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Reforms in health, education will be AAP’s legacy, says Satyendra Jain

IANS | New Delhi |

Reforms in health and education will be the legacy Delhi's AAP government will be known for, Health Minister Satyendra Jain says.

Jain, 49, said the Aam Aadmi Party's dominant focus on the two sectors will force a shift in the political discourse and make other parties talk more forcefully about them.

"This change will be a part of AAP's legacy," Jain said in an interview at his residence. He said the battle against corruption, despite the Delhi government's limited powers, was equally significant.

The AAP government led by Arvind Kejriwal will begin its third year in office on February 14.

It was on this day in 2015 that the AAP, for a second time, took power in the national capital after winning a sweeping 67 of the 70 assembly seats.

A Kejriwal confidant, Jain said the focus of the Delhi government was to provide the best possible school education and healthcare facilities free of cost to the people.

The government has set up over 100 Mohalla Clinics where medicines, medical tests and doctors' consultation are available for free. Most have come up in poorer areas though a handful are in middle class colonies.

The government had planned to build 1,000 such clinics by December 31. But that has not happened. The target now set is March 31 but it is unlikely all of them will be functional by then.

Besides these primary healthcare centres, the government also plans to set up 150 polyclinics.

Jain, an architect by profession and a founder-member of AAP, said the aim behind the clinics was to see that only those suffering from very serious ailments ended up going to the already clogged hospitals.

"The main difference between developed and underdeveloped countries is availability of quality health and educational facilities at affordable cost. Our aim is to provide free quality (school) education and healthcare to all, rich or poor," Jain said.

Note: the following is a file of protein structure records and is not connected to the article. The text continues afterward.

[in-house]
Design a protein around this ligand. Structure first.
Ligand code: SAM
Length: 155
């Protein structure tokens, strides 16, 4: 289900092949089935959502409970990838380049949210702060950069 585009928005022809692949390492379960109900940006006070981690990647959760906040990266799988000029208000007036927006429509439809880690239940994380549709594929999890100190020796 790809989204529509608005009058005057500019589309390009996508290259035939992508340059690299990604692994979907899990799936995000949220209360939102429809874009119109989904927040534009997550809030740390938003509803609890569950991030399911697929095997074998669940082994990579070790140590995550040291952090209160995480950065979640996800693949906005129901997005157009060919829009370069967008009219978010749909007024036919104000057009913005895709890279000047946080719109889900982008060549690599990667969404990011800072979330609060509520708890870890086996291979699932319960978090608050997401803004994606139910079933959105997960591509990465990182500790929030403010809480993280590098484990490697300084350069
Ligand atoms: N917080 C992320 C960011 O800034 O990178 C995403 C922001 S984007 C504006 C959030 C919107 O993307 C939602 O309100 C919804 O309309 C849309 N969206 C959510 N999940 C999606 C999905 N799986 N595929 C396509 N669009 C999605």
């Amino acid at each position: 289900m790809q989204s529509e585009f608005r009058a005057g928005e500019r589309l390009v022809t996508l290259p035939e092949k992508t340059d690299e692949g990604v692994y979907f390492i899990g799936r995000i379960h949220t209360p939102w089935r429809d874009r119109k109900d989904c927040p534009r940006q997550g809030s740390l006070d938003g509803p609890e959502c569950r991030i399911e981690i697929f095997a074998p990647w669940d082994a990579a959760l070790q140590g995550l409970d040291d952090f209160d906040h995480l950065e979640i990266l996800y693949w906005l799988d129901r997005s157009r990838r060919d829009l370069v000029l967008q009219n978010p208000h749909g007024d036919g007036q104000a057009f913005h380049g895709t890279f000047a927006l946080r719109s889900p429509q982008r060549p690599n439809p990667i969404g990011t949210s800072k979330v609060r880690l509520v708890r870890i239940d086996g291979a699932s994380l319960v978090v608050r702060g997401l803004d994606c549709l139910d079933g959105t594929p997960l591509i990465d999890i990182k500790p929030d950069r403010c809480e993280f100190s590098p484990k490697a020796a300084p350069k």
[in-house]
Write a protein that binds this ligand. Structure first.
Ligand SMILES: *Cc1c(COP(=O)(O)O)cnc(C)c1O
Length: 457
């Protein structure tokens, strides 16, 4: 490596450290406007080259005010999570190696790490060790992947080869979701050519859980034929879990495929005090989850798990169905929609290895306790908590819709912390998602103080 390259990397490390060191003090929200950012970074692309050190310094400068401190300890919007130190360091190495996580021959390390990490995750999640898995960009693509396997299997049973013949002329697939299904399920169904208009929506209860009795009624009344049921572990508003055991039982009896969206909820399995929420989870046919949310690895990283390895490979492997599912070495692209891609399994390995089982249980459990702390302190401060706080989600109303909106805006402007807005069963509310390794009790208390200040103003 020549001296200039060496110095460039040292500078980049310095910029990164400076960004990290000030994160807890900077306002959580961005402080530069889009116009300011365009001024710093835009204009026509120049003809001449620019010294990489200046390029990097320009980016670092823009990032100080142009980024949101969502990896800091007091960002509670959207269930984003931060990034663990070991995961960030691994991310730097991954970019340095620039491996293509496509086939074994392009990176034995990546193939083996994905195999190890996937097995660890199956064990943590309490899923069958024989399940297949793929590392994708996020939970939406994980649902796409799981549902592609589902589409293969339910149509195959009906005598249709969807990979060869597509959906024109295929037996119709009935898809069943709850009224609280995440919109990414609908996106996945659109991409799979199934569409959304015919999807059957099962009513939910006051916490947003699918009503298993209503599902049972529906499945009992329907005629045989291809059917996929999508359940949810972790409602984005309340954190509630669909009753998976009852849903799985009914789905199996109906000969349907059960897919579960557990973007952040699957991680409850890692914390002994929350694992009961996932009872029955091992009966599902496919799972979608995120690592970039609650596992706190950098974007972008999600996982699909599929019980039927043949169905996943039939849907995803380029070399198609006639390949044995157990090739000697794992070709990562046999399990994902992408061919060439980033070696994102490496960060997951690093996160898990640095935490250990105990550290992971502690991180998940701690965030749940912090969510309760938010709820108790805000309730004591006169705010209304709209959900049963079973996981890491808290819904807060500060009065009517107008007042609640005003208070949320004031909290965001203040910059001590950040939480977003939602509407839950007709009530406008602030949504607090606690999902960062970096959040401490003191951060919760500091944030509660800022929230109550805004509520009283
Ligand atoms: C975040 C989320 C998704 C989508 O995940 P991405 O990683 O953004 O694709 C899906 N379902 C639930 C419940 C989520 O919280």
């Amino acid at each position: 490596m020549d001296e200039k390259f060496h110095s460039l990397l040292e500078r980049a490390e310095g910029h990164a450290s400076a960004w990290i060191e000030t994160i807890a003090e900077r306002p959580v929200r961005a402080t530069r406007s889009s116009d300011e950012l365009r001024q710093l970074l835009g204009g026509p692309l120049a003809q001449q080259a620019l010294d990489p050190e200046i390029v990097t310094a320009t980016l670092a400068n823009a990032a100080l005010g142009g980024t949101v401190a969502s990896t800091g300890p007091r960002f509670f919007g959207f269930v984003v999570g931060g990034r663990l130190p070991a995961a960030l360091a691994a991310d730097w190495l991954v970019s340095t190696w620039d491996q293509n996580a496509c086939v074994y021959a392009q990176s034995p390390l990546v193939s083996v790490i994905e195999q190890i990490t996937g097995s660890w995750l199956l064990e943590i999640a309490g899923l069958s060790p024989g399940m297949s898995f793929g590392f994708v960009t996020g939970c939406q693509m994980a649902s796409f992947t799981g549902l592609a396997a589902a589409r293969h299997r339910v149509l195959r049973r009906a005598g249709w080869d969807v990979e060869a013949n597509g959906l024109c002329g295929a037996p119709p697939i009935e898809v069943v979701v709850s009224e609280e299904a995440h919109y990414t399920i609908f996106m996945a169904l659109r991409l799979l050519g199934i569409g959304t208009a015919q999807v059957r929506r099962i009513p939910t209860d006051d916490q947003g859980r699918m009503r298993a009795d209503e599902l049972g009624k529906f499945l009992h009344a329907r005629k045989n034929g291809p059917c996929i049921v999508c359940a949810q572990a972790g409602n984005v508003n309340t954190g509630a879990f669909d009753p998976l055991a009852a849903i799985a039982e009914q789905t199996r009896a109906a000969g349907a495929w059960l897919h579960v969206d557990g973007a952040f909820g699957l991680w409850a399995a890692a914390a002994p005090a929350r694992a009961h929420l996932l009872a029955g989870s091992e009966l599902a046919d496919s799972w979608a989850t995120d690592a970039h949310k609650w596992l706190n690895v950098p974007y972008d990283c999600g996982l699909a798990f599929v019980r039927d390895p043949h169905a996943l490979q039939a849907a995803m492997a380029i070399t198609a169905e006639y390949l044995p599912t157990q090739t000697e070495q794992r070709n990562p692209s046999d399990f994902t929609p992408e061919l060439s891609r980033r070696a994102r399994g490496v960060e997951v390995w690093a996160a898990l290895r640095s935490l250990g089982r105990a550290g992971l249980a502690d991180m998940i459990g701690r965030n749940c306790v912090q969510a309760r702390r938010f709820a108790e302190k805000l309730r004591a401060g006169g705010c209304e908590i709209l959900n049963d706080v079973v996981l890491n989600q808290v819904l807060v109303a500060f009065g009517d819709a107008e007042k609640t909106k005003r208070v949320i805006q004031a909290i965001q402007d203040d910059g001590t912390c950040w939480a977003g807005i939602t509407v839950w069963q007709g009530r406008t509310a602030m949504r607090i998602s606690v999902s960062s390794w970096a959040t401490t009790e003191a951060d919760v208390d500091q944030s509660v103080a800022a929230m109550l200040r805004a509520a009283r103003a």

He said the government had taken several steps to improve standards in the normally looked-down-upon government schools by providing more classrooms, sending teachers abroad for training and providing modern amenities.

"If people of a country are healthy and well-educated, they will force the rulers to deliver on all other issues including governance."

Not surprisingly, the AAP showcased its achievements in health and education in Punjab and Goa where it contested the just-ended assembly elections.

"No political party has ever focused so much on these issues in election campaign," Jain said.

Dismissing reports in a section of the media that the AAP – India's youngest political party – would fare poorly in Punjab, Jain said it would win around 100 of the 117 seats.

But he said it was difficult to predict how many seats the AAP would win in Goa.

Asked about the party's future plans if it wins in Punjab or Goa, Jain said: "It will be a rare occasion a party from one state will take power in another state."

Only the Congress, the BJP and the CPI-M rule more than one state in the country.

Alluding to the BJP-led central government, Jain said if "political forces" had let the AAP government function in Delhi "without hurdles after hurdles", it may have never thought of contesting in Punjab.

"We were forced to go to Punjab. If they tell us now that they still won't let us work, then we will even go to Parliament," Jain said.